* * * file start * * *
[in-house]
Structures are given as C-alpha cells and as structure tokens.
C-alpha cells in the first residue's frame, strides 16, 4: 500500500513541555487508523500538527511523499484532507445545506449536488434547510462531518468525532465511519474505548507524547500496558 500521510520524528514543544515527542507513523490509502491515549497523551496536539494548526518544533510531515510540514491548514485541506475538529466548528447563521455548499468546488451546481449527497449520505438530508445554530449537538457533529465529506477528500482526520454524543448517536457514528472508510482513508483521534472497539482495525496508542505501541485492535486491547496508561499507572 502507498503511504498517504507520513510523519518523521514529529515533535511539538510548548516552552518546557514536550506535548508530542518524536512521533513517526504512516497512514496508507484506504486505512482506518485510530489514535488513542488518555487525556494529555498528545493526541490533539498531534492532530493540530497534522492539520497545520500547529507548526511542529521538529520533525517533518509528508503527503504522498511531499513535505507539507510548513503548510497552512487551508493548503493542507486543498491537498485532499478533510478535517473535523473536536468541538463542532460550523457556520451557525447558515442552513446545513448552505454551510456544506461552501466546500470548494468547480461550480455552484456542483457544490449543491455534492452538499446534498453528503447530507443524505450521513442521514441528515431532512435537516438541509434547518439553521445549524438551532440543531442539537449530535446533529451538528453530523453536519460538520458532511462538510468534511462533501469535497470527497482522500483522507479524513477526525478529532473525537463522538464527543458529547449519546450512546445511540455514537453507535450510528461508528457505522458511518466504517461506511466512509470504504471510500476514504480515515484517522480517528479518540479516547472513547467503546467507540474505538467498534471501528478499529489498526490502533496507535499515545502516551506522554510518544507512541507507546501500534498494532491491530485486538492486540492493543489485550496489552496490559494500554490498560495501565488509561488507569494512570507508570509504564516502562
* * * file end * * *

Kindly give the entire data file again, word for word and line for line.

[in-house]
Structures are given as C-alpha cells and as structure tokens.
C-alpha cells in the first residue's frame, strides 16, 4: 500500500513541555487508523500538527511523499484532507445545506449536488434547510462531518468525532465511519474505548507524547500496558 500521510520524528514543544515527542507513523490509502491515549497523551496536539494548526518544533510531515510540514491548514485541506475538529466548528447563521455548499468546488451546481449527497449520505438530508445554530449537538457533529465529506477528500482526520454524543448517536457514528472508510482513508483521534472497539482495525496508542505501541485492535486491547496508561499507572 502507498503511504498517504507520513510523519518523521514529529515533535511539538510548548516552552518546557514536550506535548508530542518524536512521533513517526504512516497512514496508507484506504486505512482506518485510530489514535488513542488518555487525556494529555498528545493526541490533539498531534492532530493540530497534522492539520497545520500547529507548526511542529521538529520533525517533518509528508503527503504522498511531499513535505507539507510548513503548510497552512487551508493548503493542507486543498491537498485532499478533510478535517473535523473536536468541538463542532460550523457556520451557525447558515442552513446545513448552505454551510456544506461552501466546500470548494468547480461550480455552484456542483457544490449543491455534492452538499446534498453528503447530507443524505450521513442521514441528515431532512435537516438541509434547518439553521445549524438551532440543531442539537449530535446533529451538528453530523453536519460538520458532511462538510468534511462533501469535497470527497482522500483522507479524513477526525478529532473525537463522538464527543458529547449519546450512546445511540455514537453507535450510528461508528457505522458511518466504517461506511466512509470504504471510500476514504480515515484517522480517528479518540479516547472513547467503546467507540474505538467498534471501528478499529489498526490502533496507535499515545502516551506522554510518544507512541507507546501500534498494532491491530485486538492486540492493543489485550496489552496490559494500554490498560495501565488509561488507569494512570507508570509504564516502562